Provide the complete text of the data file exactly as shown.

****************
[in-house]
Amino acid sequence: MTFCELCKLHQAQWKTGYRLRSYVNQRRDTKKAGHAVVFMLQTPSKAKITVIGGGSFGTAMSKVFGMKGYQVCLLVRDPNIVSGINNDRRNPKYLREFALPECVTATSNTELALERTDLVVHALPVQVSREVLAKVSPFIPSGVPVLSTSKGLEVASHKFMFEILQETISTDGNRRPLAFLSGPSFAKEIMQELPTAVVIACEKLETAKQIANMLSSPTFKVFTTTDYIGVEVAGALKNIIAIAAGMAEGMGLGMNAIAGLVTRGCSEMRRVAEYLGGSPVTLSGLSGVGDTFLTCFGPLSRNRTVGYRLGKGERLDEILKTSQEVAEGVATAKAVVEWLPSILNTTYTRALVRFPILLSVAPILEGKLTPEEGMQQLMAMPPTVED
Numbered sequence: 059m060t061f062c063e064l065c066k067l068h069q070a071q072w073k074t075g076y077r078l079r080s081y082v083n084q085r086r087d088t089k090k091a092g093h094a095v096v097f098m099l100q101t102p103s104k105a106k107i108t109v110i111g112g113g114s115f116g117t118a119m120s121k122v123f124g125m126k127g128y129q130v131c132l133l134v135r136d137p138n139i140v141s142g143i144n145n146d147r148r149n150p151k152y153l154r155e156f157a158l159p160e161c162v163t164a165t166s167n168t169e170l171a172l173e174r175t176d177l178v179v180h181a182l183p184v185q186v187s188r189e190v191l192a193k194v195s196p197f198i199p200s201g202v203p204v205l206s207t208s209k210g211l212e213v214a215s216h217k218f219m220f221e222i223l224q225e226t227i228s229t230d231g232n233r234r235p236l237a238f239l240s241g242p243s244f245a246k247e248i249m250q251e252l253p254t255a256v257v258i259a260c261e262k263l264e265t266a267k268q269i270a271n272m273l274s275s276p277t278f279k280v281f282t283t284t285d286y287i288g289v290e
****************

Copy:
[in-house]
Amino acid sequence: MTFCELCKLHQAQWKTGYRLRSYVNQRRDTKKAGHAVVFMLQTPSKAKITVIGGGSFGTAMSKVFGMKGYQVCLLVRDPNIVSGINNDRRNPKYLREFALPECVTATSNTELALERTDLVVHALPVQVSREVLAKVSPFIPSGVPVLSTSKGLEVASHKFMFEILQETISTDGNRRPLAFLSGPSFAKEIMQELPTAVVIACEKLETAKQIANMLSSPTFKVFTTTDYIGVEVAGALKNIIAIAAGMAEGMGLGMNAIAGLVTRGCSEMRRVAEYLGGSPVTLSGLSGVGDTFLTCFGPLSRNRTVGYRLGKGERLDEILKTSQEVAEGVATAKAVVEWLPSILNTTYTRALVRFPILLSVAPILEGKLTPEEGMQQLMAMPPTVED
Numbered sequence: 059m060t061f062c063e064l065c066k067l068h069q070a071q072w073k074t075g076y077r078l079r080s081y082v083n084q085r086r087d088t089k090k091a092g093h094a095v096v097f098m099l100q101t102p103s104k105a106k107i108t109v110i111g112g113g114s115f116g117t118a119m120s121k122v123f124g125m126k127g128y129q130v131c132l133l134v135r136d137p138n139i140v141s142g143i144n145n146d147r148r149n150p151k152y153l154r155e156f157a158l159p160e161c162v163t164a165t166s167n168t169e170l171a172l173e174r175t176d177l178v179v180h181a182l183p184v185q186v187s188r189e190v191l192a193k194v195s196p197f198i199p200s201g202v203p204v205l206s207t208s209k210g211l212e213v214a215s216h217k218f219m220f221e222i223l224q225e226t227i228s229t230d231g232n233r234r235p236l237a238f239l240s241g242p243s244f245a246k247e248i249m250q251e252l253p254t255a256v257v258i259a260c261e262k263l264e265t266a267k268q269i270a271n272m273l274s275s276p277t278f279k280v281f282t283t284t285d286y287i288g289v290e